The public service has shrunk for so long that even small increases to its workforce at first appear a change of heart from the Coalition.
There's a prevailing thought in political commentary that COVID-19 has torn down the federal government's ideological trig points, and elevated pragmatism as the supreme measure of good decision making.
The Coalition previously set the Howard government's last year as the arbitrary benchmark for the size of the public service, and proceeded to shrink its workforce regardless of changes in national population and priorities.
Today such thinking looks like the kind of ideological vanity governments can afford in economic prosperity.
New figures from the Australian Public Service Commission confirm that times have changed.
In June this year, federal bureaucrats numbered nearly 150,500, compared to 146,800 in the same month last year. The difference is more stark when considering that in December 2019 the bureaucracy employed 144,700 people.
The Commonwealth public service's growth in the first six months of 2020 indicates the Coalition has become more pragmatic about the federal bureaucracy since 2013.
But pragmatism doesn't explain everything about the uptick in public sector employment.
There are three ways to describe the increase. It's temporary, targeted and, in some ways, small.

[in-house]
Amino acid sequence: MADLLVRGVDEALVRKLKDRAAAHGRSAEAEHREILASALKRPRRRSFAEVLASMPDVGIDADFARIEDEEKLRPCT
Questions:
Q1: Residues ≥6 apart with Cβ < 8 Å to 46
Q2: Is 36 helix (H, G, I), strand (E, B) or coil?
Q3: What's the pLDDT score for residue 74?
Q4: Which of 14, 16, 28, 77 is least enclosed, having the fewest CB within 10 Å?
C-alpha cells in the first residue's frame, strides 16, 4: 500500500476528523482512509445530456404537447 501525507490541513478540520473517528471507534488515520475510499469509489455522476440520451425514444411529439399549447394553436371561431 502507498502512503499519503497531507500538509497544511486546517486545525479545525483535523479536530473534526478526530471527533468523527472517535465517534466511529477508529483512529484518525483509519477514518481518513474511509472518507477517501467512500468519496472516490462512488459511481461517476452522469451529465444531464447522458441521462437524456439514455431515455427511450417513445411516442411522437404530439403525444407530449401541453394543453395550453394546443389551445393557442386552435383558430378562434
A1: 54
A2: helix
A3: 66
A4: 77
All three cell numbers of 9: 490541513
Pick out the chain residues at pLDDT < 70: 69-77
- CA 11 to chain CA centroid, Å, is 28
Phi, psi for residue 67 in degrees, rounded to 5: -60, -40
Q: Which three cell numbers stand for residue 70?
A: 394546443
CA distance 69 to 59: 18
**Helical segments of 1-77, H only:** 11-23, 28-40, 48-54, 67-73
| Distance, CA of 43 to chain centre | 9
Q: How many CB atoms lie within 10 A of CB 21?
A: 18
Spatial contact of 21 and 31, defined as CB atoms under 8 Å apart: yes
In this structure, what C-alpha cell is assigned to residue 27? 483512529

The growth is powered by a rise in staff employed for short periods or for specific tasks. Non-ongoing public servants now make up a greater proportion (12 per cent) of the federal workforce.
Once their contracts or projects are finished, there's no reason the public service won't return to its pre-COVID size. There's nothing in these figures to show the Coalition is any less averse to long-term growth in the Commonwealth public sector.
Those new, non-ongoing staff swelling the bureaucracy's ranks are also employed for a small set of particular duties.
Most of them are working for welfare agency Services Australia and the Australian Taxation Office, the two agencies at the front and centre of government efforts to limit the economic devastation of COVID-19.
The temporary staff are working in service delivery jobs, namely in the agencies' contact centres and customer support. The public service's headcount has grown in response to two immediate priorities of the pandemic, delivering welfare to unemployed people and financial support to businesses trying to stay afloat.
It's arguable that the bump in public service staffing is best described as small.
In this climate, nearly 4000 new jobs (or 6000, if you're comparing to December 2019) is a salve for a wounded economy, and creates a living for many people who would otherwise be unemployed. That makes it a significant number.
It's also a lesser one compared to 2017, a year when there was no global pandemic and the public service numbered 152,000.
If the bureaucracy is to implement an economic restructure of the kind to make Australia prosper after the pandemic, the public service's growth appears small.
That task is only just taking shape. For now, the Coalition's been at pains in handing down the budget to say it wants the private sector to lead the recovery.
Any longer-term, steady growth in the bureaucracy will depend on how the Coalition decides to involve public servants.